Central Asian Christians continue to suffer persecution
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Owning and giving a Bible are punishable offenses against the state
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There are still places in the world where it’s practically impossible to get a Bible. The Central Asia region is one such place. Religious control laws heavily restrict freedom to own or distribute Bibles and Christian literature. In Uzbekistan, Christians are often detained and fined for selling Christian books and materials.
Religious control laws are giving the government veto power over most religious groups
For Christians, religious liberty and expression are extremely restricted. Many Central Asian countries are so tightly controlled that any threat—perceived or real—against the government is met with brutal crackdowns. For example, a recent law in Tajikistan forces religious groups to provide information to the government about their leaders and followers, as well as granting authorities control over religious
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Christian converts from Islam are often facing severe persecution from their families and communities
cultural mixture of Soviet-era and Chinese government models, as well as the Islamic faith of surrounding countries like Pakistan, Afghanistan, and Iran. The Central Asian church is very young and inexperienced. Before the 1990s, hardly any indigenous Central Asians became Christians. How to stay strong and trust in God when life is difficult is one of the first things Central Asian believers should learn. Christians who have con-verted from Islam often bear the brunt of persecution at the hands of family, friends, and community members. In some areas where conservative Islam is dominant, believers must keep their faith secret for fear of being executed. Christians have almost no source for Biblical training or reliable Christian education courses.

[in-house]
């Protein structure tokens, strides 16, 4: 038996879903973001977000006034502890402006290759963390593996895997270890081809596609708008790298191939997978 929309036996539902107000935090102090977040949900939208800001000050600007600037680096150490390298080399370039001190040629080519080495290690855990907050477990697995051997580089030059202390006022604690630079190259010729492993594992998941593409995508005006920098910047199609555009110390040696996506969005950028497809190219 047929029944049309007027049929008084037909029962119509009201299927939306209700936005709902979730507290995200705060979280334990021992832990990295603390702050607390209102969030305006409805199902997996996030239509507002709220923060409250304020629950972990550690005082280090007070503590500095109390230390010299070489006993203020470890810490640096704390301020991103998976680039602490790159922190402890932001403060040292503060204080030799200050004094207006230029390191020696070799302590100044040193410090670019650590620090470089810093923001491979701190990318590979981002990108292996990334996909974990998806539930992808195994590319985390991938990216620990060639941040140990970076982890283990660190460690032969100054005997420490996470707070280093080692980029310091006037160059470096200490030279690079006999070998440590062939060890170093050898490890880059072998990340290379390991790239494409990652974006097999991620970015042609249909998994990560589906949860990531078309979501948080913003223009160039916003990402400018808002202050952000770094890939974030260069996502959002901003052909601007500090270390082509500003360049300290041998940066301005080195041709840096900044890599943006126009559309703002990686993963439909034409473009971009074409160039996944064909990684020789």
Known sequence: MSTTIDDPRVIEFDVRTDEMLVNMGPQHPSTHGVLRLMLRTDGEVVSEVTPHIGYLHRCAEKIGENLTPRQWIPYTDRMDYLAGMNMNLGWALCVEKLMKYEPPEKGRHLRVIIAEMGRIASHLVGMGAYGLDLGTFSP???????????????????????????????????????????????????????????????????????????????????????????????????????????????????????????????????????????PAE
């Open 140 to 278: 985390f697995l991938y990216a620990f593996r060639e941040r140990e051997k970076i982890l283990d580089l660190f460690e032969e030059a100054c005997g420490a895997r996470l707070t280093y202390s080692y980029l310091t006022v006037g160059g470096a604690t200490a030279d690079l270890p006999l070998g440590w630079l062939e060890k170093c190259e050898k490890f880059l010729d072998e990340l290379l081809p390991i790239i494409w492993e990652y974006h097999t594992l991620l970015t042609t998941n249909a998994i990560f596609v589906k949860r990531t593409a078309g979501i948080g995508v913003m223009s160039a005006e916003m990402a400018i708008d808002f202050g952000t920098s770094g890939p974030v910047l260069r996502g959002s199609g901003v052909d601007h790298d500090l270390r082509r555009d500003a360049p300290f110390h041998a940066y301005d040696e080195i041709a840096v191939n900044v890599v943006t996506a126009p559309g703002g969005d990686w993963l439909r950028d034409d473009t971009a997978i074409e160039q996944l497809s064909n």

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education. Some church leaders even report that surveillance cameras are being installed in their sanctuaries to monitor preaching.
Central Asian nations stand at a crossroads between South and Southeast Asian countries and Russia resulting in a
Government crackdowns on churches are intensifying, forcing the church underground
Since the adoption of a new complicated “Law on Religious Organizations and Religious Freedom” in March 2016, Christianity in Turkmenistan requires all religious entities to re-register to operate legally. Under the law, unregistered religious organizations may not legally conduct religious activities, establish places of worship, or produce or disseminate religious materials. For any such activity, the organization will face fines ranging from 100 to 1,000 manat ($60 to $600), with higher fines for religious leaders and lower fines for members. The authorities in Uzbekistan’s southwestern Navoi [Navoiy] Region have been raiding and punishing local churches. Freedom of religion and belief without state permission is illegal. However, some churches refuse to register their congregations with the state, citing they are in accordance with international law where registration is not necessary to meet for worship.
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